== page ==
A former Delta State University student created a racist social media post about herself, school officials said Thursday. According to the school , the issue began when the former student "fraudulently submitted" a photo and text on DSU's Facebook page and website for the school's Spring 2020 Commencement Spotlight. She then created an iteration of the photo and text she had submitted, which attacked herself, African Americans, and Delta State, and posted it on her social media page. The former student told campus police she posted it on her own Facebook page, but until Thursday had denied that she had been the creator of the post. Delta State, along with state and federal authorities, were all involved in an investigation into the post. The former student was not identified by name. "We are relieved to have resolved this awful situation," Delta State President William N. LaForge said.
JSU alum earns Dynamic Leadership 1 honor from Toastmasters International
Jackson State University alumnus Derrick Hicks has earned the status of Dynamic Leadership 1 from Toastmasters International. Toastmasters is the U.S. headquartered nonprofit educational organization that operates clubs worldwide for the purpose of promoting communication, public speaking and leadership. Recently, Hicks completed his master's degree in public policy and administration from JSU.
Alcorn State University mourns passing of student
Alcorn State University mourns the passing of Terric Carr, a sophomore music major from Holly Springs, Mississippi. According to the university, during his time at Alcorn, Carr was a member of the University's Show Choir. President Felecia M. Nave expressed her grief upon being notified of Carr's death. "Alcorn is deeply saddened by the passing of one of our own," said Nave. "To see a student that was so young and full of potential pass away is truly devastating to me and the Alcorn community. We send our heartfelt condolences to Terric's family and friends, and we pray for their collective strength as they mourn the loss of their loved one." Individual and group counseling services are available to students, faculty, and staff through the University's Office of Counseling Services.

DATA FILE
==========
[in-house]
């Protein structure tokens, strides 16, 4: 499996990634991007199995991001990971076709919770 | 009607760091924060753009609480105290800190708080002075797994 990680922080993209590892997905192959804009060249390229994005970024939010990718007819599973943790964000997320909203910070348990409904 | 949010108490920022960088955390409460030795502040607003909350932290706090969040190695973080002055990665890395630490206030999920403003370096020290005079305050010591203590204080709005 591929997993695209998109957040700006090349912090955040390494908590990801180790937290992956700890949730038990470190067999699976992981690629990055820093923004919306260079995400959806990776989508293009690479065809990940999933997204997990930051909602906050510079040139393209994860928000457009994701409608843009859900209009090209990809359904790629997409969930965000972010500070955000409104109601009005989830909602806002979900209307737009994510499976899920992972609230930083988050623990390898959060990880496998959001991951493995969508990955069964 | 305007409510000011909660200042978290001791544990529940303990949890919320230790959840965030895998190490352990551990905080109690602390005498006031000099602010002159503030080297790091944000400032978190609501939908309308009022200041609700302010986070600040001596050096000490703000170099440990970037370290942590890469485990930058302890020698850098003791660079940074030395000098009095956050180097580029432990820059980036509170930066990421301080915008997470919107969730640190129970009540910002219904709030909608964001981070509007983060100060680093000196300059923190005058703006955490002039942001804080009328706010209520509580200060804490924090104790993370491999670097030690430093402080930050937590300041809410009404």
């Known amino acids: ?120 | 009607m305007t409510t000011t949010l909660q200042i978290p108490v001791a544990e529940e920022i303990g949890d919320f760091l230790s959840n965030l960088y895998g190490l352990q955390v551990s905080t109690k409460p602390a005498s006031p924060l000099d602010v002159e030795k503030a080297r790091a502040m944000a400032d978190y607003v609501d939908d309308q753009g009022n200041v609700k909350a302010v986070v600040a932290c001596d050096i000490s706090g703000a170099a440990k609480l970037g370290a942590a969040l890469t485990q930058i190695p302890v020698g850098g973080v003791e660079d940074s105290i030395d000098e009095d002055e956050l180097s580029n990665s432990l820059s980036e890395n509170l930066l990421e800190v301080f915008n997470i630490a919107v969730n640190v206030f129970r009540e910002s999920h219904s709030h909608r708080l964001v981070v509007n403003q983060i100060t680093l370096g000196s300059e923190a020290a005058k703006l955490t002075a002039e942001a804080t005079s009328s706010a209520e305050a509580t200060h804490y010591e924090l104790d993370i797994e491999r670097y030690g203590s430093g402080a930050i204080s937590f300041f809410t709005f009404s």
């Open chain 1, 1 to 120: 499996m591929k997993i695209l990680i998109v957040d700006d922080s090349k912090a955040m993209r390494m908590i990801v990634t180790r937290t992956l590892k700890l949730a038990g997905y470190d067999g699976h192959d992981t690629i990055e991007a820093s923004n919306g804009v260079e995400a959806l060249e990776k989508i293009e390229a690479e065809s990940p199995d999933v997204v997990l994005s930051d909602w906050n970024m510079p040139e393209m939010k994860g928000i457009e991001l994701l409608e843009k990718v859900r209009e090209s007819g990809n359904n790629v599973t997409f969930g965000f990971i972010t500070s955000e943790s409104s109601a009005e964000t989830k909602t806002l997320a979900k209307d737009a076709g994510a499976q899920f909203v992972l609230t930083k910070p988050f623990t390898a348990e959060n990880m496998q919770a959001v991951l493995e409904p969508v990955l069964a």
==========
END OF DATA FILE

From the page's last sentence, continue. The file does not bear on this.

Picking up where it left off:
Tougaloo College Establishes Institute for Social Justice
In the wake of systemic racism, the blatant killing of African Americans, and the clarion call for equality, Tougaloo College is establishing the Reuben V. Anderson Institute for Social Justice. According to Tougaloo College President Dr. Carmen J. Walters, "Tougaloo, known as the Cradle of the Civil Rights Movement in Mississippi, has a long history of fighting for freedom, equality and justice. It remains our responsibility to contribute to the education of students to train them to become the ethical leaders, change agents and social justice advocates of tomorrow making meaningful change throughout the world." The Institute, named after the first African American to hold a seat on the Mississippi Supreme Court, Justice Reuben V. Anderson, a Tougaloo alumnus and well-respected attorney and leader in Jackson, MS who provided funding to create the Institute, will carry on Justice Anderson's extensive work, legacy and lifelong commitment to eradicating racism, injustice and inequality.
Administrators get proportionally higher raises than Mississippi teachers
Classroom teachers in Mississippi were given smaller dollar-amount pay raises, on average, than superintendents, deputy superintendents, and assistant principals from FY 2013 to 2016 according to a report released Thursday by State Auditor Shad White. "We have some great school districts doing an excellent job putting money into teachers and the classroom, but the overall data clearly show a concerning trend," said Auditor White. "We as parents, taxpayers, and teachers need to demand that money be spent closest to the students." The report also showed the ratio of deputy superintendents to students increased compared to the same ratio for teachers since 2013. "Mississippi is not doing considerably worse than our peer states that we surveyed for this report, and that is a good thing," added White. "But we've got to be better stewards of public education funds than our surrounding states if we're going to catch up." This latest report is one in a series that started in April 2019 from the Auditor's office on public education spending.